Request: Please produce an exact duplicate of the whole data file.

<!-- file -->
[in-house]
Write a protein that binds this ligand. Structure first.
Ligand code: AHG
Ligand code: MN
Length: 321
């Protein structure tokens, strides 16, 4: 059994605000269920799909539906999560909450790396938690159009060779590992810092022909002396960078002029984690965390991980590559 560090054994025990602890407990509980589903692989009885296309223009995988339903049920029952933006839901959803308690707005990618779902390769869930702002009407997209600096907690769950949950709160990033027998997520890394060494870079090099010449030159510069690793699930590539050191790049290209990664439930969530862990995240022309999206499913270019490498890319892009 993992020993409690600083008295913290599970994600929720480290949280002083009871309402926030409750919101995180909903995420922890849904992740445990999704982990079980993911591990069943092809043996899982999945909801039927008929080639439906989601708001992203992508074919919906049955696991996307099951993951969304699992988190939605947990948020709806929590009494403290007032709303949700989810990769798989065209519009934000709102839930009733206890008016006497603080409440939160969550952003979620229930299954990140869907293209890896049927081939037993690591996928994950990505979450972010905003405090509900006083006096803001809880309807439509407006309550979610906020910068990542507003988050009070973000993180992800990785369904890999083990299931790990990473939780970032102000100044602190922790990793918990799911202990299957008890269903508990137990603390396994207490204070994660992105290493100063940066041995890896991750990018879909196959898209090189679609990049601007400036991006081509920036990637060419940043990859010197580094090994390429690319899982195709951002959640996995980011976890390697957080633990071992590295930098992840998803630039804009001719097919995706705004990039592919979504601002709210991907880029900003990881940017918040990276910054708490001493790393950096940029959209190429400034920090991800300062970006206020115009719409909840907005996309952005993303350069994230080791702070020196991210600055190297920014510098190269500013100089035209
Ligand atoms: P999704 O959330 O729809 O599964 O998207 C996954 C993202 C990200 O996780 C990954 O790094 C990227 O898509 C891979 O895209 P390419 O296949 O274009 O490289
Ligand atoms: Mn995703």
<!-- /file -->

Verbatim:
[in-house]
Write a protein that binds this ligand. Structure first.
Ligand code: AHG
Ligand code: MN
Length: 321
């Protein structure tokens, strides 16, 4: 059994605000269920799909539906999560909450790396938690159009060779590992810092022909002396960078002029984690965390991980590559 560090054994025990602890407990509980589903692989009885296309223009995988339903049920029952933006839901959803308690707005990618779902390769869930702002009407997209600096907690769950949950709160990033027998997520890394060494870079090099010449030159510069690793699930590539050191790049290209990664439930969530862990995240022309999206499913270019490498890319892009 993992020993409690600083008295913290599970994600929720480290949280002083009871309402926030409750919101995180909903995420922890849904992740445990999704982990079980993911591990069943092809043996899982999945909801039927008929080639439906989601708001992203992508074919919906049955696991996307099951993951969304699992988190939605947990948020709806929590009494403290007032709303949700989810990769798989065209519009934000709102839930009733206890008016006497603080409440939160969550952003979620229930299954990140869907293209890896049927081939037993690591996928994950990505979450972010905003405090509900006083006096803001809880309807439509407006309550979610906020910068990542507003988050009070973000993180992800990785369904890999083990299931790990990473939780970032102000100044602190922790990793918990799911202990299957008890269903508990137990603390396994207490204070994660992105290493100063940066041995890896991750990018879909196959898209090189679609990049601007400036991006081509920036990637060419940043990859010197580094090994390429690319899982195709951002959640996995980011976890390697957080633990071992590295930098992840998803630039804009001719097919995706705004990039592919979504601002709210991907880029900003990881940017918040990276910054708490001493790393950096940029959209190429400034920090991800300062970006206020115009719409909840907005996309952005993303350069994230080791702070020196991210600055190297920014510098190269500013100089035209
Ligand atoms: P999704 O959330 O729809 O599964 O998207 C996954 C993202 C990200 O996780 C990954 O790094 C990227 O898509 C891979 O895209 P390419 O296949 O274009 O490289
Ligand atoms: Mn995703």